Broken Ankle – Getting home from Northampton General

As you may have gathered, getting home from Northampton was not as easy as it should have been. I’m not sure where to start this story so you’ll have to keep in mind that when all this was going on I was really rather stressed, and in quite a lot of pain (lack of painkillers).

Firstly, I will just say that my team acted in the best way possible in what was an incredibly stressful situation for everyone involved. The President of the club, Beth, I have thanked multiple times because she was the one doing all the organising for me.

Secondly,  I do not agree with how the union at UEA dealt with the situation in the slightest. I know that we are all adults when we go to University, but I was playing sport for them, and I have paid for insurance with them to keep me safe.

Thirdly, just remember I was stressed, in a lot of pain, was running out of battery and was still dressed in shorts and a playing shirt with no shoes because of how quickly we had left the pitches.

So, Beth contacted the union to tell them what had happened (as per the procedure we were told in our union training) and to ask them how we should react, we asked for a taxi because of the facts that I was on crutches, didn’t have appropriate clothing for a cold November night and also I was lacking in phone battery. While we knew a taxi from Northampton was going to be incredibly expensive, we also knew that the mens team the week before had taken a taxi from the same hospital with no questions asked. When Beth mentioned about the taxi she was told that I should in fact get on a train, or more helpfully, the person she spoke to said she would ‘get on her bike and throw her over my shoulder’. While I understand now that this may have been an attempt at humour, it was not appropriate.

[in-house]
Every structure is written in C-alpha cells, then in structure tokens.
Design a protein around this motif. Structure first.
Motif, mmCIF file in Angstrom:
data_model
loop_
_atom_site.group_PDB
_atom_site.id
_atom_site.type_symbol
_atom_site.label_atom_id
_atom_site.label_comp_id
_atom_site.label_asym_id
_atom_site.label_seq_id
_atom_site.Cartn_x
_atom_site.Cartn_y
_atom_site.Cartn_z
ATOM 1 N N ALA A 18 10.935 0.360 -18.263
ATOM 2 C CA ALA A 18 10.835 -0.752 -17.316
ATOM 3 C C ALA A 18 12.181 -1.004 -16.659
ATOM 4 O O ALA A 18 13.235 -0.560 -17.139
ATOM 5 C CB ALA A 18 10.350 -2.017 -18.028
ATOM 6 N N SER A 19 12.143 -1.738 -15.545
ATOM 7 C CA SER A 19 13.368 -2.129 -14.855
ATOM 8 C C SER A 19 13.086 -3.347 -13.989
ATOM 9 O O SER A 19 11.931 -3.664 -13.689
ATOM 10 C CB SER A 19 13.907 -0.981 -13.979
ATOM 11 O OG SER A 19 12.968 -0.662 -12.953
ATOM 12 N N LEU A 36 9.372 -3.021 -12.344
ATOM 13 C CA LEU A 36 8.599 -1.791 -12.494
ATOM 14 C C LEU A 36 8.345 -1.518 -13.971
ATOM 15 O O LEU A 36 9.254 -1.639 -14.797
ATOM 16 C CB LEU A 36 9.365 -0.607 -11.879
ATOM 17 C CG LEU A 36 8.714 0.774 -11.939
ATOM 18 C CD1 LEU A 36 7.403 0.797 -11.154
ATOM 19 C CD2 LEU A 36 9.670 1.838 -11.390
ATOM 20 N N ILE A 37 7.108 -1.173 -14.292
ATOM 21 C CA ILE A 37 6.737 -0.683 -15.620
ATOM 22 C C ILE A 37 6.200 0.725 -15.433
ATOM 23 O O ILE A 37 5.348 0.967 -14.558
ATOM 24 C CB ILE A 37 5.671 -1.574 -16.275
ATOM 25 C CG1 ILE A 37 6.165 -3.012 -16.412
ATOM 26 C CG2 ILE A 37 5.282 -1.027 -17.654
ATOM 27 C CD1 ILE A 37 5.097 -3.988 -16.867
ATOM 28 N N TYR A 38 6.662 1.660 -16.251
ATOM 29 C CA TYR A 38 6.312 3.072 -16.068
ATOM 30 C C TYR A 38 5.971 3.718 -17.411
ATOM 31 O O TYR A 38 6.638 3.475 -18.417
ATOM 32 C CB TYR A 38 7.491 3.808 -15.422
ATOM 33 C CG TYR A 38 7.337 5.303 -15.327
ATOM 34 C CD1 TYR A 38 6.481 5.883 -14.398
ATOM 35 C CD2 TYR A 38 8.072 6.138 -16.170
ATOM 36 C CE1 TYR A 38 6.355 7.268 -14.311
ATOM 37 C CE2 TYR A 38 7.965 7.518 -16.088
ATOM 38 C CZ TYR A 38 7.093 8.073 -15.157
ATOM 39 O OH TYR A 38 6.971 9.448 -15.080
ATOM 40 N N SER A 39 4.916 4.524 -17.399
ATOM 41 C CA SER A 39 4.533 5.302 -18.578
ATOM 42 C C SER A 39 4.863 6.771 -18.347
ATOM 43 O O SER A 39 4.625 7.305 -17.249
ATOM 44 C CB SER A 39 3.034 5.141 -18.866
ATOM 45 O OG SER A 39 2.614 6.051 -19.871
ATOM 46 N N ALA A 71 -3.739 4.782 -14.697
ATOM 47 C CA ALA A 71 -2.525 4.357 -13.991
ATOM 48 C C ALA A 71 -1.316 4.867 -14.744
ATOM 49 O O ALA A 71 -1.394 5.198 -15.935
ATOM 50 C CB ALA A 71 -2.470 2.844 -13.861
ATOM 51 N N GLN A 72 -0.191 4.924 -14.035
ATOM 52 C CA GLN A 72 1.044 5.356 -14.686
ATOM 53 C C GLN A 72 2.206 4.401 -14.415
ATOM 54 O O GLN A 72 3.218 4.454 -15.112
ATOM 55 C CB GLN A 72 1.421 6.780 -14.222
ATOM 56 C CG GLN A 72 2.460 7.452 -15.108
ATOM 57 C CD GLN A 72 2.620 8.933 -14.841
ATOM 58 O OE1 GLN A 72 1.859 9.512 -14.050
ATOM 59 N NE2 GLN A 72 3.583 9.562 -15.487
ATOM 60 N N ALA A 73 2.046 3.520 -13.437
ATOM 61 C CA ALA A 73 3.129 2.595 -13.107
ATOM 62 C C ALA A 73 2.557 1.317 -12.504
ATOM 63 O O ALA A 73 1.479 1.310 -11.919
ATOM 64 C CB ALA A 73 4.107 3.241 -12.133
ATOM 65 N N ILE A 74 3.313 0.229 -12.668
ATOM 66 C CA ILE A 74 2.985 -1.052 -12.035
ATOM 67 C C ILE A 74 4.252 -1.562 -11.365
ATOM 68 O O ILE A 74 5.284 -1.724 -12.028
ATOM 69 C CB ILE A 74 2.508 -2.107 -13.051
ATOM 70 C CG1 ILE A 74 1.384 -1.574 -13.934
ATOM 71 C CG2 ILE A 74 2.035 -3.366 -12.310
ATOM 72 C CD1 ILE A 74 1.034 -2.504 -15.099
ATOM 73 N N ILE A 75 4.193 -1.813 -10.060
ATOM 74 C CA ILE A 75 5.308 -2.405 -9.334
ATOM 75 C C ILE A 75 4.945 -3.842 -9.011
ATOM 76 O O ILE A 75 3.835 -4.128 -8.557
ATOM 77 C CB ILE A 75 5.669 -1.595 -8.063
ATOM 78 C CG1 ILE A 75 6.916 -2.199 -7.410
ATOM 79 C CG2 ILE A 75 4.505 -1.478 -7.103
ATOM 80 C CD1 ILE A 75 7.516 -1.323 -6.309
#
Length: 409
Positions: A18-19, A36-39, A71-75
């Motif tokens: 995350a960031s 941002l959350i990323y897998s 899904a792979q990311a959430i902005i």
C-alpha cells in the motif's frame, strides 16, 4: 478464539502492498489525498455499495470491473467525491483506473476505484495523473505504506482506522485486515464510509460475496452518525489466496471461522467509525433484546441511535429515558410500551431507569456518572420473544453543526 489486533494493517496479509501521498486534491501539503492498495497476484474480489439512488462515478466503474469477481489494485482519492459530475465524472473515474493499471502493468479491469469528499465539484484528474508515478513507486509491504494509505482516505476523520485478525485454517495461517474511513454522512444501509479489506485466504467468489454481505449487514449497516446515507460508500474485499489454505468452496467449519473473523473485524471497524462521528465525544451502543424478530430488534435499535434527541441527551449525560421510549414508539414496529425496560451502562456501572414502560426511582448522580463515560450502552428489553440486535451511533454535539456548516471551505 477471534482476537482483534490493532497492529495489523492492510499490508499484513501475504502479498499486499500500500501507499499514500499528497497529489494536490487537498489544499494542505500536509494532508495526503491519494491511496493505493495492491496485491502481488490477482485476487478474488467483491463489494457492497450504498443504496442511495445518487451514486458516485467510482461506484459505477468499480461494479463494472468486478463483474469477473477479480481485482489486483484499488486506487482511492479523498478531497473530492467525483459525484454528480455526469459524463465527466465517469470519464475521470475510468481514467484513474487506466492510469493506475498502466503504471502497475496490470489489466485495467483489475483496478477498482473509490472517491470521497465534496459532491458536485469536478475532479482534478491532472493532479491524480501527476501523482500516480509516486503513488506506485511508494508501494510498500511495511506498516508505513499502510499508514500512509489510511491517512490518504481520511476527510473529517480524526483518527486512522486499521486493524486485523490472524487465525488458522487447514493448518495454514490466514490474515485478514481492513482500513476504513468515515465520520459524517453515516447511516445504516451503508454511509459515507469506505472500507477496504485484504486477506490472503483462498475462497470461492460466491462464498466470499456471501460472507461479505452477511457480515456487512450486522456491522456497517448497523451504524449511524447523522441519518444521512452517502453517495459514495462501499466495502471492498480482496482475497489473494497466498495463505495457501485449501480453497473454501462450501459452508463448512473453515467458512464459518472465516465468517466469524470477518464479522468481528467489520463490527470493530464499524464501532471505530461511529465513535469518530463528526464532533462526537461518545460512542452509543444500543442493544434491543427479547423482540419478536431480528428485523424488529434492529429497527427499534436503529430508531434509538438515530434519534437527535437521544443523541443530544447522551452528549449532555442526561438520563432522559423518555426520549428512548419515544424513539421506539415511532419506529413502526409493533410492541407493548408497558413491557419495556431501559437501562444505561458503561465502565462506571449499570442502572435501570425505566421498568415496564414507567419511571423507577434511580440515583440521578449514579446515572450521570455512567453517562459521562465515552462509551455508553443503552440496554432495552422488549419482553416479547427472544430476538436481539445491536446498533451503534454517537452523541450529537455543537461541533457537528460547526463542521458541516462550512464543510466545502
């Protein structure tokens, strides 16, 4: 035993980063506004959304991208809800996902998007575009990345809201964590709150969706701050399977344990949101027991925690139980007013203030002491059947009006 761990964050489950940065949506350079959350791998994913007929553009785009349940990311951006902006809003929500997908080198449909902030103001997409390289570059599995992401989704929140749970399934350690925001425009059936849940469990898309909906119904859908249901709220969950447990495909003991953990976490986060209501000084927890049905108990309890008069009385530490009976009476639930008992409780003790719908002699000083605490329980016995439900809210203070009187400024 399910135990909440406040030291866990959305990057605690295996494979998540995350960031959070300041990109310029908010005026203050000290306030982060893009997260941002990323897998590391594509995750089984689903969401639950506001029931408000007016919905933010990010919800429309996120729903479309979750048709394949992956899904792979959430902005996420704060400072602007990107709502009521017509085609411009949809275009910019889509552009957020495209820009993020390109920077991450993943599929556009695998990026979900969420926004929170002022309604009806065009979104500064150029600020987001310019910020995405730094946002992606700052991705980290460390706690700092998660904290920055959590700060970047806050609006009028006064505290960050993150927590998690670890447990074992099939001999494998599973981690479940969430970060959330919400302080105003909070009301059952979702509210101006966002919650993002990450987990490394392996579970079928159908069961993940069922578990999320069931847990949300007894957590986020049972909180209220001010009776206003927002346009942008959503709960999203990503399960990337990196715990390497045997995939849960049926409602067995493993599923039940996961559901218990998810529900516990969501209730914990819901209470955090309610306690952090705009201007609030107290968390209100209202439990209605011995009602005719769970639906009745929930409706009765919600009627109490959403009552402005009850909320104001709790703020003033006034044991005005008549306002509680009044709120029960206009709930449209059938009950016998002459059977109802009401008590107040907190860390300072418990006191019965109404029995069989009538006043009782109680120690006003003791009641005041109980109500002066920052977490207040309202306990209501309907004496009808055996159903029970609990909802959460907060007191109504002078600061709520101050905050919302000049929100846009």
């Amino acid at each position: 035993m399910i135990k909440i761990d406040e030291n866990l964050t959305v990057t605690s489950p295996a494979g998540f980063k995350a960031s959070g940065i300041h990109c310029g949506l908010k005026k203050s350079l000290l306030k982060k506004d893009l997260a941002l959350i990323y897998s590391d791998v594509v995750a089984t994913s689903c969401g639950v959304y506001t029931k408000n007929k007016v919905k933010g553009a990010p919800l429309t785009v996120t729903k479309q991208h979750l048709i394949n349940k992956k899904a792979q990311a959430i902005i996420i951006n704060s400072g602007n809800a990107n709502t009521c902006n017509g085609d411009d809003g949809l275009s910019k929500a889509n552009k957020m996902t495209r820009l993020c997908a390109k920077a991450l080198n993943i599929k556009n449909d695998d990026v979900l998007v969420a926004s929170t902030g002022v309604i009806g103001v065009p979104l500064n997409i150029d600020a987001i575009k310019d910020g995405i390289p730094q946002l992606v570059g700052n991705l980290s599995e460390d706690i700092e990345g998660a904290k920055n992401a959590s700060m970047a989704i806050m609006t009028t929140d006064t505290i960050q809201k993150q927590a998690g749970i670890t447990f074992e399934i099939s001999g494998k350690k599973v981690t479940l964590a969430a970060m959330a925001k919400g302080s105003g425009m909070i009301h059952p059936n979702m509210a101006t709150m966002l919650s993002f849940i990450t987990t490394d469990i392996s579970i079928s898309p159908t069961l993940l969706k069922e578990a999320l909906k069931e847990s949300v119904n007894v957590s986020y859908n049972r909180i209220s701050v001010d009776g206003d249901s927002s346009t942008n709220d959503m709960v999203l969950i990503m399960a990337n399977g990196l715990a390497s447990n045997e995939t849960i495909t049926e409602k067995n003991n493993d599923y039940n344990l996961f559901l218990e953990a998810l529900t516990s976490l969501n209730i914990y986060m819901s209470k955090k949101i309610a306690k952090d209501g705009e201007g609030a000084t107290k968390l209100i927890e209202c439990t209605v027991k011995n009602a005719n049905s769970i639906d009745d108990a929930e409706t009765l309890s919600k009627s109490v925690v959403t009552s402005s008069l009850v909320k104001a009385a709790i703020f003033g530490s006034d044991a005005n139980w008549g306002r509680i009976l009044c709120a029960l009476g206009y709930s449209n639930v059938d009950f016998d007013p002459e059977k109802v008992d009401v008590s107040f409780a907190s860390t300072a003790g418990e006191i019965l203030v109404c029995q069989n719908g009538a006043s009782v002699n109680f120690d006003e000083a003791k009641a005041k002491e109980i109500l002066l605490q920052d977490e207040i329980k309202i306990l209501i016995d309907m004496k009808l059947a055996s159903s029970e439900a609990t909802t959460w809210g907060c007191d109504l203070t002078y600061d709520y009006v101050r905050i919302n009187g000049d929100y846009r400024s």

So, all this was being passed around the team with my teammate and housemate Alice point blank refusing that I was going to get on a train (it was in fact two trains and a tube ride through London) and Beth saying that was what the union said. The girls also delayed the bus for me in an attempt for me to travel home with them!

In my kind of slightly delirious state I told a couple of people what the Union were saying, they were not happy and a number of my friends offered to drive to Northampton to pick me up. Again. I love my friends.

After a slightly tense phone call to my mum (well, mum didn’t pick up so first my brother, then my mum) she told me that I wasn’t going to be going home by train and I would be getting a taxi.

So we ordered a taxi and went with it (eventually the Union agreed to pay) and me and Anna jumped in a taxi. After an eventful ride (including my first ever panic attack and a risky stop on a main road for me to get out of the car) we FINALLY arrived home. £180 later, Mum was there to collect me from my Uni house. Alice (lifesaver) had bought all my belongings home (there was a lot) and so nothing of mine was left behind!

When we got back to my mums I collapsed onto the sofa. Mum tried to feed me my favourite food (smoked salmon) and I refused. This was when she knew I was really not OK. I went to bed, completely spaced out on painkillers that Mum had got for me.

I spent the night in my bed, leg propped up on pillows, ready to go to A&E again the next day…


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